Updated 11:29 AM EDT, Tue, Jun 16, 2020

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Scientists Can Now Tell the Difference of Twins' DNA


(Photo : REUTERS/JASON REED) Identical twin brothers Mason (L) and Hudson Forsyth from Toronto, Ontario, are pictured before taking part in a look-alike contest during the final day of the 32nd annual Twins Days Festival in Twinsburg, Ohio

Forensic scientists are still confused on a matching DNA of twins, but it could be solved through a recent discovery.

The last process in the study of domain of DNA profiling was cleared at the Huddersfield in the United Kingdom when scientists were able to distinguish the difference between the genetic profiles of an identical twin. DNA profile that was presented by the identical twins has led the forensic scientists to dead ends in figuring out the crime scene evidence.

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Gene mutations believed to occur through lifestyle variations, for instance, for example, if one twin smokes and the other doesn't, or if one works outside and the other works a desk-job can help distinguish one from the other, but the method is quite costly.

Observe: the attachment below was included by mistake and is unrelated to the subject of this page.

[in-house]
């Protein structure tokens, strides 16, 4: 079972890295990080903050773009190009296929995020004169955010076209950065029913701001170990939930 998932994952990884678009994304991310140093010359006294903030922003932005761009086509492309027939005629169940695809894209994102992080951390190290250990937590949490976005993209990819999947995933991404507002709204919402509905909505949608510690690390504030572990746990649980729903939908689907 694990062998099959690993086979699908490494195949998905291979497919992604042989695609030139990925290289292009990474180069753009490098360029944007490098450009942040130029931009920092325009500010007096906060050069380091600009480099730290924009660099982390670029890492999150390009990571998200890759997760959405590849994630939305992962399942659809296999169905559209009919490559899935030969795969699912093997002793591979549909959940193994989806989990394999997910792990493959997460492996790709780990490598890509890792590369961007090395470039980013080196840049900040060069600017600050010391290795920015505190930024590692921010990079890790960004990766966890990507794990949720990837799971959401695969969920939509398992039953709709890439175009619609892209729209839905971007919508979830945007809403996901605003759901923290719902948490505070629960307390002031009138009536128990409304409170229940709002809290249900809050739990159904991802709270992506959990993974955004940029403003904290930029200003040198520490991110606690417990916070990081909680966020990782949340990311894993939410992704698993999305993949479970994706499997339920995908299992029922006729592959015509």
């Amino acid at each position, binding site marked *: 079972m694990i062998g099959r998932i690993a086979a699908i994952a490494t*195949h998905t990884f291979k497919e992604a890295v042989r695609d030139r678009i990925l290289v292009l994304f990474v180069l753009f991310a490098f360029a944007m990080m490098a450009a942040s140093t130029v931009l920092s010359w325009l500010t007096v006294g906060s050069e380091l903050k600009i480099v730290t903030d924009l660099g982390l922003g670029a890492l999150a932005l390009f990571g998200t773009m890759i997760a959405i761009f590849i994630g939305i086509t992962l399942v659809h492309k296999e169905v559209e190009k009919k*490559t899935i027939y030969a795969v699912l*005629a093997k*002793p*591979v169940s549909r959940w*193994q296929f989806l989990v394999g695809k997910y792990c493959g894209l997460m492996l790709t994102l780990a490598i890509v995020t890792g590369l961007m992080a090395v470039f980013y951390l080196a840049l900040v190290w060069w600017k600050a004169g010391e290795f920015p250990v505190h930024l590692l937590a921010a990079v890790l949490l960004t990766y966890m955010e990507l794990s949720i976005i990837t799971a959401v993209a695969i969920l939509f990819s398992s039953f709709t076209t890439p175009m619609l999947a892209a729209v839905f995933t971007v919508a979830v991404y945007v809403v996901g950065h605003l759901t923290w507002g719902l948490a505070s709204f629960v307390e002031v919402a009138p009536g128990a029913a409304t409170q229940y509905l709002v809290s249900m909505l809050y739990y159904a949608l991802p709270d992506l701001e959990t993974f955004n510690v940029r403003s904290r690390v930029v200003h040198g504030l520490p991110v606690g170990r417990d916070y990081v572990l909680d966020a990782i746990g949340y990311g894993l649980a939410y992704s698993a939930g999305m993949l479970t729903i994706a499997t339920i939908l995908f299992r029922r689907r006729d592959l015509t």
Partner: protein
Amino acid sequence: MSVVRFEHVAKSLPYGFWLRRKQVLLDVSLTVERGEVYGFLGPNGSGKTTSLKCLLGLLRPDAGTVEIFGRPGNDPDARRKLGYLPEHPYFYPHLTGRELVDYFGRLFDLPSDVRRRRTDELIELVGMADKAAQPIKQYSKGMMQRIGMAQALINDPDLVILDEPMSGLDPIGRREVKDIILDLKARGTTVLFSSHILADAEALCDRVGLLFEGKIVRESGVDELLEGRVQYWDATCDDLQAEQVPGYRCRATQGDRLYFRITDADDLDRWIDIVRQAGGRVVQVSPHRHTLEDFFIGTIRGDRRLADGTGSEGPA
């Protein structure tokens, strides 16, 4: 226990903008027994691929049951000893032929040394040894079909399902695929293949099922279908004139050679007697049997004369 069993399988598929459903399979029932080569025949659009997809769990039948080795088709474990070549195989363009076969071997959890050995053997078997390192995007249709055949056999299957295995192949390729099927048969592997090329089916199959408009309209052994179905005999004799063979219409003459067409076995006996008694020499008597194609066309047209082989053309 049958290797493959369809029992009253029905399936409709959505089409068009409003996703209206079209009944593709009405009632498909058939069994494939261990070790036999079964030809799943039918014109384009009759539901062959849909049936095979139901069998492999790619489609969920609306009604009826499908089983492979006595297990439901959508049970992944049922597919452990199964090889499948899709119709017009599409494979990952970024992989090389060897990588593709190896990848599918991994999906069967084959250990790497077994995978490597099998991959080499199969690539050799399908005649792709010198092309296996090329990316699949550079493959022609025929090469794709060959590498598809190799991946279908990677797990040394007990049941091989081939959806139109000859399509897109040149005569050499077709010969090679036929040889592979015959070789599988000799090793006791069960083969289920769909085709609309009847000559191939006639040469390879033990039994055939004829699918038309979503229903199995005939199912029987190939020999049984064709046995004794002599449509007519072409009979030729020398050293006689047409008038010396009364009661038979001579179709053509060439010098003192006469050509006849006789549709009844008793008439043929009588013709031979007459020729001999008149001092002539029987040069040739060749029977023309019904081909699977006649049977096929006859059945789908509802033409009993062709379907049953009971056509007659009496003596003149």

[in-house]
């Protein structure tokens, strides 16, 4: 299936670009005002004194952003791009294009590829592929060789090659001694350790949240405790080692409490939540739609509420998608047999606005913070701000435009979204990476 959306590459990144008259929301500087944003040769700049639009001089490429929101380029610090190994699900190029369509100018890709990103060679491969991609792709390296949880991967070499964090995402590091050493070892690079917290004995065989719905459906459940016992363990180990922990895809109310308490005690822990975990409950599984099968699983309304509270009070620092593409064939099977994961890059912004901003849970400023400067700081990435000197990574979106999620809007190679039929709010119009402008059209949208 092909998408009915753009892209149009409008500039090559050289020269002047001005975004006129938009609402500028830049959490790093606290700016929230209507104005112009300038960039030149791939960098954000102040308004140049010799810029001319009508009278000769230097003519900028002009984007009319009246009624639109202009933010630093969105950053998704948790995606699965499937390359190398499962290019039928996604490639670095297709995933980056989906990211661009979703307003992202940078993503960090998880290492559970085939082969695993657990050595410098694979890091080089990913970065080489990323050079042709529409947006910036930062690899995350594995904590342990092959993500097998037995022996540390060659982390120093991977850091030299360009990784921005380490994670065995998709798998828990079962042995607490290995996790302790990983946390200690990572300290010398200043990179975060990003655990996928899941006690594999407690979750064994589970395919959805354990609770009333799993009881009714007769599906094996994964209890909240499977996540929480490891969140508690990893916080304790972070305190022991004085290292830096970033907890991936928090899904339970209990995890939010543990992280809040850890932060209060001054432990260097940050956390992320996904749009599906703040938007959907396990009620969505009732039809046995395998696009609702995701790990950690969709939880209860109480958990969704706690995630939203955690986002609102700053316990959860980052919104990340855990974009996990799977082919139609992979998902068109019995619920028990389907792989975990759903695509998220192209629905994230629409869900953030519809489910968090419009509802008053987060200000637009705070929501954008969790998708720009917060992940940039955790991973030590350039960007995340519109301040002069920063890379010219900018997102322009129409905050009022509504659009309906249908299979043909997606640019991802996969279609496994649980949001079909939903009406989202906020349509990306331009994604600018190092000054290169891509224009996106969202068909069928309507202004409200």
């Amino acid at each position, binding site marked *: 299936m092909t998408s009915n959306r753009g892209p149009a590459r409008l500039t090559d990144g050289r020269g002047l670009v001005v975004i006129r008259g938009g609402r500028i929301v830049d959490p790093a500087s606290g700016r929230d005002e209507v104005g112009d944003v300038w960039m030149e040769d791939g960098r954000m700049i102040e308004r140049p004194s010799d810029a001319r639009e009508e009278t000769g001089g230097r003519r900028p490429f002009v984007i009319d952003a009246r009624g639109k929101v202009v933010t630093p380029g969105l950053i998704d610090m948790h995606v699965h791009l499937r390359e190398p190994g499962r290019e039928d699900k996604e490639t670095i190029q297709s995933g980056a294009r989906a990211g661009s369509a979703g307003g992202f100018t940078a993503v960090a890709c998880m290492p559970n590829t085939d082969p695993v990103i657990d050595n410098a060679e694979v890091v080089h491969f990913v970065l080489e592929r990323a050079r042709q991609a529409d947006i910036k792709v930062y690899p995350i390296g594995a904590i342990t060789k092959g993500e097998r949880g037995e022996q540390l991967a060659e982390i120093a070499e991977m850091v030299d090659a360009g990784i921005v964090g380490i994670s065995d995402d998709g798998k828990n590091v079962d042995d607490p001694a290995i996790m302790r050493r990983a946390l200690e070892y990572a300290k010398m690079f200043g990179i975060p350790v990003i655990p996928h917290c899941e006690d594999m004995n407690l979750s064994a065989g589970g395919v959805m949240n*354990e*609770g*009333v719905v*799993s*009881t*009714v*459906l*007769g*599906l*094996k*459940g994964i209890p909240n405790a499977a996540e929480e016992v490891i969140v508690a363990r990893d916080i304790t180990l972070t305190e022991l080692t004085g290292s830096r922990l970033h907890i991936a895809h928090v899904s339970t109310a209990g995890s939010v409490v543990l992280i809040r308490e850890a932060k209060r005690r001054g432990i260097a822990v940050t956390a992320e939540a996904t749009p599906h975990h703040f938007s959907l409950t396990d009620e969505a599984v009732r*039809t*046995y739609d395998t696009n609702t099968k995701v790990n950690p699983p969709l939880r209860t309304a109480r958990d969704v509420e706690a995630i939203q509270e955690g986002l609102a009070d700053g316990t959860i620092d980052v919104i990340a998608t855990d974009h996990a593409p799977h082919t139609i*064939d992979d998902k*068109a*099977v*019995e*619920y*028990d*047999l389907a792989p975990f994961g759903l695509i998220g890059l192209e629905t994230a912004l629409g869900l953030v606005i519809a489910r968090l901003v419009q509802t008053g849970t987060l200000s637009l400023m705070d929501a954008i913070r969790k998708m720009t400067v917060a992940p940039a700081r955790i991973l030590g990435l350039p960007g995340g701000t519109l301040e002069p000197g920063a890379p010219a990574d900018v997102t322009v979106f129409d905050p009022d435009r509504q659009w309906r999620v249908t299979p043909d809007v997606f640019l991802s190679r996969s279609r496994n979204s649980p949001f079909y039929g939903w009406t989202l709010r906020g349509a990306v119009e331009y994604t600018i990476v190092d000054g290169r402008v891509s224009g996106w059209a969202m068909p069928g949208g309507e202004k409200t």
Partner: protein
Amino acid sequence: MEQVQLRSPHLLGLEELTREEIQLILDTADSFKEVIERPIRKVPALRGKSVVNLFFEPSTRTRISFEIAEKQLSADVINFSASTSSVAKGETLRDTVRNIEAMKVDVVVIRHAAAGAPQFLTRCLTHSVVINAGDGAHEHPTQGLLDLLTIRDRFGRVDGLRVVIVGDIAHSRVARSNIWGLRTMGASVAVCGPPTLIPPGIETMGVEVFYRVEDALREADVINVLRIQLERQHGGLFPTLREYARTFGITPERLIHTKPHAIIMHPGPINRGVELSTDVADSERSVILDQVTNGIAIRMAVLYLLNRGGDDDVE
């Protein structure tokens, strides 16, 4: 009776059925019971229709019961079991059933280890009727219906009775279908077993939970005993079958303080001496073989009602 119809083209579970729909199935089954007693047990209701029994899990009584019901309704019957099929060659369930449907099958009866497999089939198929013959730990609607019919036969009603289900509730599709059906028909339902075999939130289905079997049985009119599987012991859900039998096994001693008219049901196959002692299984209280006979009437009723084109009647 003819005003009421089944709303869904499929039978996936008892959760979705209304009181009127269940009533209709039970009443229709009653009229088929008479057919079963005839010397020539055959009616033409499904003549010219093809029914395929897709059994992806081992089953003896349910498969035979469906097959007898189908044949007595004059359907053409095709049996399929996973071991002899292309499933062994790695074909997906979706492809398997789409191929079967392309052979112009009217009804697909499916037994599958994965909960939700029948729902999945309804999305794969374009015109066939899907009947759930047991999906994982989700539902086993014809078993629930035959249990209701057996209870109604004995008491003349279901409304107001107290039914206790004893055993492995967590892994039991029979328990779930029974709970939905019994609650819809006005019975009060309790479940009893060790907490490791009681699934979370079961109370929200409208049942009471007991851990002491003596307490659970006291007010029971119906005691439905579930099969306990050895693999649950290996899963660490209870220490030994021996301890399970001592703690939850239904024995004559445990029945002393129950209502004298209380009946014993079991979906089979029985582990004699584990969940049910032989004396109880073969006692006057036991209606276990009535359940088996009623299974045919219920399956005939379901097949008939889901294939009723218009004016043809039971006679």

However, the melting DNA process is known to be less costly and does have different temperatures at which DNA strands of twins are separated and the melt marks does make the distinction between the siblings on which researchers has found out.

Dr. Graham Williams developed the “high resolution melt curve analysis” (HRMA) along with his Forensic Genetics Research Group.

“What HRMA does is to subject the DNA to increasingly high temperatures until the hydrogen bonds break, known as the melting temperature. The more hydrogen bonds that are present in the DNA, the higher the temperature required to melt them,” says Dr. Williams.

Through the HRMA, Dr. Williams said young twins and adult who does have similar lifestyle can’t be distinguished. The method does require a high-quantity samples that aren’t available on the scene of the crime.

Still, Dr. Williams and his colleagues were able to demonstrate a progress that leads to a relatively cheap and quick test in order to differentiate identical twins in forensic case work.

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